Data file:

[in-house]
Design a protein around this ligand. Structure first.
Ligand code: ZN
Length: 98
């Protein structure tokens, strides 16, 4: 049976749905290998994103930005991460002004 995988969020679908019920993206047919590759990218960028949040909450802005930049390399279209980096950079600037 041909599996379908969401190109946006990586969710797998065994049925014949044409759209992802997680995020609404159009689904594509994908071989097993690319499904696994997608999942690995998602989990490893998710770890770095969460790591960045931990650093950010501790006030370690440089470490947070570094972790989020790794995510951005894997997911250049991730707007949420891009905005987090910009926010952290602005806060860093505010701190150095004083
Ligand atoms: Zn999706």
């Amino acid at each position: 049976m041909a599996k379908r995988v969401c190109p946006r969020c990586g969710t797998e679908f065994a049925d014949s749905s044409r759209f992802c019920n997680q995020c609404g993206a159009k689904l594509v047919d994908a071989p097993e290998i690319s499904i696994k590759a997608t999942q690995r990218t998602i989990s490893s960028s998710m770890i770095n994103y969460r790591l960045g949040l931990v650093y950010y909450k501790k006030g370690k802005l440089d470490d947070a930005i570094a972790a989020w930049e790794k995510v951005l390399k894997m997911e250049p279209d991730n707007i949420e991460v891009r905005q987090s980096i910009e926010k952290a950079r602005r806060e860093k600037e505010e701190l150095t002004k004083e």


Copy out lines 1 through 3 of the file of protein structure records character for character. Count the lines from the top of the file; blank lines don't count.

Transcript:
[in-house]
Design a protein around this ligand. Structure first.
Ligand code: ZN